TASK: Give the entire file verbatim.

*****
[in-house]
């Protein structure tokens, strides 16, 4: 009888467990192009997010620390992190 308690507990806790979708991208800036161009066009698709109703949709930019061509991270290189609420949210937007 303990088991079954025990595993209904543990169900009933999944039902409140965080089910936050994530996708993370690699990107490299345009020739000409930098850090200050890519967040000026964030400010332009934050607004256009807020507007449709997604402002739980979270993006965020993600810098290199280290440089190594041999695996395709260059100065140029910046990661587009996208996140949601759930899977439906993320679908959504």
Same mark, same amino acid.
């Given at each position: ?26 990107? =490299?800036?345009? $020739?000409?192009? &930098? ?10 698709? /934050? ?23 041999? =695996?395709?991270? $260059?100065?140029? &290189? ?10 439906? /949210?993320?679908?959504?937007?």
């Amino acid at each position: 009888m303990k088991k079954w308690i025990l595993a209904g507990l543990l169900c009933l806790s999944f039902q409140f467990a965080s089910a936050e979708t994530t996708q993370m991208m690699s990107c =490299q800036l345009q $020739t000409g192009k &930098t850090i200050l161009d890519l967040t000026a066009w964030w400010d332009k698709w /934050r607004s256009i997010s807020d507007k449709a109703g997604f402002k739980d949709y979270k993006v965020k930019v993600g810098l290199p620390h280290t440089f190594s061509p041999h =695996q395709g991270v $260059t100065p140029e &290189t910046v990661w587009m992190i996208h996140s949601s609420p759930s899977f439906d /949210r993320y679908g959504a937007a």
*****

[in-house]
């Protein structure tokens, strides 16, 4: 009888467990192009997010620390992190 308690507990806790979708991208800036161009066009698709109703949709930019061509991270290189609420949210937007 303990088991079954025990595993209904543990169900009933999944039902409140965080089910936050994530996708993370690699990107490299345009020739000409930098850090200050890519967040000026964030400010332009934050607004256009807020507007449709997604402002739980979270993006965020993600810098290199280290440089190594041999695996395709260059100065140029910046990661587009996208996140949601759930899977439906993320679908959504």
Same mark, same amino acid.
């Given at each position: ?26 990107? =490299?800036?345009? $020739?000409?192009? &930098? ?10 698709? /934050? ?23 041999? =695996?395709?991270? $260059?100065?140029? &290189? ?10 439906? /949210?993320?679908?959504?937007?």
């Amino acid at each position: 009888m303990k088991k079954w308690i025990l595993a209904g507990l543990l169900c009933l806790s999944f039902q409140f467990a965080s089910a936050e979708t994530t996708q993370m991208m690699s990107c =490299q800036l345009q $020739t000409g192009k &930098t850090i200050l161009d890519l967040t000026a066009w964030w400010d332009k698709w /934050r607004s256009i997010s807020d507007k449709a109703g997604f402002k739980d949709y979270k993006v965020k930019v993600g810098l290199p620390h280290t440089f190594s061509p041999h =695996q395709g991270v $260059t100065p140029e &290189t910046v990661w587009m992190i996208h996140s949601s609420p759930s899977f439906d /949210r993320y679908g959504a937007a």